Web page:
But as the video spread, other users pointed out that the woman’s allegiance was not so clear-cut. Journalist Isabella Steger posted a photo of the woman, noting she “told the protesters to leave, and said that she wouldn’t leave if they didn’t leave.” Subsequent tweets from other users suggested Wong’s characterization was misleading and partisan.
[Steve: Why would she not want everyone to go home and for peace to be restored? It’s not politically correct, but it’s understandable.]
This weekend’s protests were some of the most violent yet, with running clashes between protesters and police in Yuen Long and in downtown Hong Kong.
The demonstration in Yuen Long was held to protest last weekend’s attack on passengers in the Yuen Long subway station. The incident marked a dark turn for the current round of protests, as white shirt-wearing armed men ran amok in the station, indiscriminately attacking bystanders and those returning home from a march downtown.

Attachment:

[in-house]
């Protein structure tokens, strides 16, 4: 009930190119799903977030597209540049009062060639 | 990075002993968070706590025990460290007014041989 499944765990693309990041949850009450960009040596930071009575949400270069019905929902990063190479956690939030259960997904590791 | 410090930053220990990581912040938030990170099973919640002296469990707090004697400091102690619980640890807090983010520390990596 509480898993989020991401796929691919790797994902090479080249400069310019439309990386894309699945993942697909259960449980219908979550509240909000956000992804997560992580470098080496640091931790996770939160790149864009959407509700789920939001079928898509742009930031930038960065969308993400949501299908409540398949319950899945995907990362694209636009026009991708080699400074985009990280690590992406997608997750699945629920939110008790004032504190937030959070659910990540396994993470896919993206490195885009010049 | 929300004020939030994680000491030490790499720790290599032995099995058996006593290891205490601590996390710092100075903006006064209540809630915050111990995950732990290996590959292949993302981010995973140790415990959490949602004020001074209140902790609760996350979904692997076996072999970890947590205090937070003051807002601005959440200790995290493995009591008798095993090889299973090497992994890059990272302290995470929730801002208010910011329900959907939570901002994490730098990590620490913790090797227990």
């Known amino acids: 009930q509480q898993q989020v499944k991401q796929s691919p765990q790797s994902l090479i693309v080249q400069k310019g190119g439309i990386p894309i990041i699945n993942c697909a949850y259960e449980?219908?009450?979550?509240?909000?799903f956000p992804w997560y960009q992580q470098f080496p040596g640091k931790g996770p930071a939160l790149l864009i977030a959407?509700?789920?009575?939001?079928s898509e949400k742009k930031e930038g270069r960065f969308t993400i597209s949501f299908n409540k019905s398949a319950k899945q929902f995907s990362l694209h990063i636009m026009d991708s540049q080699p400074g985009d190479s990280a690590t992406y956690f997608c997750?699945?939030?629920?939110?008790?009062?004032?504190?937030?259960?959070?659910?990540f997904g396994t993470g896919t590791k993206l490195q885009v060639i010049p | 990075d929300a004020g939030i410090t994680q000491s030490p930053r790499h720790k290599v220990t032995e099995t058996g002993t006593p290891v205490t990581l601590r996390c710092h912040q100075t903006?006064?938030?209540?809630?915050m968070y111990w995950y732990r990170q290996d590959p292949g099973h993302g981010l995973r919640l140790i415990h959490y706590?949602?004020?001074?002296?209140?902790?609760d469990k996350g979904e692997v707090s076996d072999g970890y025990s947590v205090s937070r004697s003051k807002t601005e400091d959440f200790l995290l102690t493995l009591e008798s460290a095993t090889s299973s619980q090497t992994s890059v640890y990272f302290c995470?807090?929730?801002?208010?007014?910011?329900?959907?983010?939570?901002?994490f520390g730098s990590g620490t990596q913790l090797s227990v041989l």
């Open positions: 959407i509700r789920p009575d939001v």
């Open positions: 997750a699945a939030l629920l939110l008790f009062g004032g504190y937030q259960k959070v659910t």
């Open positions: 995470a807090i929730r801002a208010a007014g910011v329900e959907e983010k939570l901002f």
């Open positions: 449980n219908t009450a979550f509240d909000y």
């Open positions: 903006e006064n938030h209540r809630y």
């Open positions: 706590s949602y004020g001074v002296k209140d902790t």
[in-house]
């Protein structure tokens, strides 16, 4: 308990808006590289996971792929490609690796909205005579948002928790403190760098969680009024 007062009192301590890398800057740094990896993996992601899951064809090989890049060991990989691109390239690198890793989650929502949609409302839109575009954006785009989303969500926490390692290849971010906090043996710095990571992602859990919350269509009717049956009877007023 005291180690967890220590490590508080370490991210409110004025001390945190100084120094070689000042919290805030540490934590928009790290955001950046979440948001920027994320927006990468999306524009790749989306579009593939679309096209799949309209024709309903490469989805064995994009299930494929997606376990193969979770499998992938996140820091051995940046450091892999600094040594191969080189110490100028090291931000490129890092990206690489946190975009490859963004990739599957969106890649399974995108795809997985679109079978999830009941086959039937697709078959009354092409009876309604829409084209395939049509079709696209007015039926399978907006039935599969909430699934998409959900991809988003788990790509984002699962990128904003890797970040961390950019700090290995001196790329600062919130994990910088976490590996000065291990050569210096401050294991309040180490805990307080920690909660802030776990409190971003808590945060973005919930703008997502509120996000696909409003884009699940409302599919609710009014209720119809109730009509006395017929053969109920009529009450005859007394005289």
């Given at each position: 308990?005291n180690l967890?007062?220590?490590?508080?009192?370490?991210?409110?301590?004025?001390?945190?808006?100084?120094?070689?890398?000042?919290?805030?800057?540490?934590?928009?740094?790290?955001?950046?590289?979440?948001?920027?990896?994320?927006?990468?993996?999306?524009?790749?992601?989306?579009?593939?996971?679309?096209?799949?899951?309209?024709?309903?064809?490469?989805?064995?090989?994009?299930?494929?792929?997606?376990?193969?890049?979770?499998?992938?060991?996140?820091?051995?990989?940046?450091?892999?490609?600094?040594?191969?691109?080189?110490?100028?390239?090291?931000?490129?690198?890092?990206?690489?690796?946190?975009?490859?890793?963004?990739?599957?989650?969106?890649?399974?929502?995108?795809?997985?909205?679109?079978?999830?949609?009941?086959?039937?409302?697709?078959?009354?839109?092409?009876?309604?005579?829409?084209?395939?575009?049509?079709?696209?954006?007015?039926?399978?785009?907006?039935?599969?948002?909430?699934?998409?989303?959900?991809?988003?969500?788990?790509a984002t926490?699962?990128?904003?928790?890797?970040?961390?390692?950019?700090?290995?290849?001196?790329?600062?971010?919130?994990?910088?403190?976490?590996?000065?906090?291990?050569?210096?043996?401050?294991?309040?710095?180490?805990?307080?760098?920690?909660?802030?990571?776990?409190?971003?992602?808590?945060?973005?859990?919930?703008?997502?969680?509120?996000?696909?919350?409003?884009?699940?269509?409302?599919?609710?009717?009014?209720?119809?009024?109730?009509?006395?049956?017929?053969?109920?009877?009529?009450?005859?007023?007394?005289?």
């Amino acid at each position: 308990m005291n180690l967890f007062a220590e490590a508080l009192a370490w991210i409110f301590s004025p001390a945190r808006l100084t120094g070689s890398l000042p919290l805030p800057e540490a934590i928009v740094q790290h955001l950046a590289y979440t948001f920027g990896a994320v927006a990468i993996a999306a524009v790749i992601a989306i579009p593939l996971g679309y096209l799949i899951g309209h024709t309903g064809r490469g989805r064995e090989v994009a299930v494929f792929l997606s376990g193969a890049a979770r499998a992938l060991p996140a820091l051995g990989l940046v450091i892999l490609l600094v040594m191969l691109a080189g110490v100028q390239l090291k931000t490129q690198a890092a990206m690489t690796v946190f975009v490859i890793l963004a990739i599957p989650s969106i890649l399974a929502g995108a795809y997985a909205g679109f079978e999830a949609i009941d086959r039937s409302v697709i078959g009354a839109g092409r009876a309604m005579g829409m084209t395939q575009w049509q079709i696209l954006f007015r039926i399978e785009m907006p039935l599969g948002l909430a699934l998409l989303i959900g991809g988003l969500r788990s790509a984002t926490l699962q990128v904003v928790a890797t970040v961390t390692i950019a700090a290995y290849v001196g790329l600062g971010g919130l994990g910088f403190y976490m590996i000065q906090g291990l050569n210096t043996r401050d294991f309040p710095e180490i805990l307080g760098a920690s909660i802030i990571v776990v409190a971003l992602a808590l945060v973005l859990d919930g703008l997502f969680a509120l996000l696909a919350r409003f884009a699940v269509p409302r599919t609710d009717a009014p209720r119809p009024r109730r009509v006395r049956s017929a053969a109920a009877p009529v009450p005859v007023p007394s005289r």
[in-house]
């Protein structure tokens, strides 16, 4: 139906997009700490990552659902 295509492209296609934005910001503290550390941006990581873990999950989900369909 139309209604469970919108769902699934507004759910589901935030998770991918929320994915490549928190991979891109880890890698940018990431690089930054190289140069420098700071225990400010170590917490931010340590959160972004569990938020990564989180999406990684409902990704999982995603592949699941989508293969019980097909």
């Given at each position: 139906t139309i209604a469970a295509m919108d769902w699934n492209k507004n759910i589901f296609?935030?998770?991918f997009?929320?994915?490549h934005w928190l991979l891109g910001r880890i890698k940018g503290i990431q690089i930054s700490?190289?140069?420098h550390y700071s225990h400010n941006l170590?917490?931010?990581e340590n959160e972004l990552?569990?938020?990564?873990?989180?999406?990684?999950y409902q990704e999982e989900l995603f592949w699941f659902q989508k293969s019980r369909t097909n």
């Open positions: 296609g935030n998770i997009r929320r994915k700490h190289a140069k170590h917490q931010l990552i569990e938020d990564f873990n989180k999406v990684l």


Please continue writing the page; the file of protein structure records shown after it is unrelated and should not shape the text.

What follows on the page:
Journalists, children and a pregnant women were among those beaten. At least 45 people were injured, one of them critically. Pro-democracy forces have claimed that the men belonged to pro-Beijing triad gangs, and were either ordered or allowed to attack civilians by a complicit government and police force.
The Hong Kong government, led by Chief Executive Carrie Lam, dismissed suggestions that police were working with the gangs, though social media users shared videos showing armed men in discussions with police and a pro-Beijing lawmaker. Though Lam promised an investigation, she also condemned the protesters for undermining the rule of law in the territory.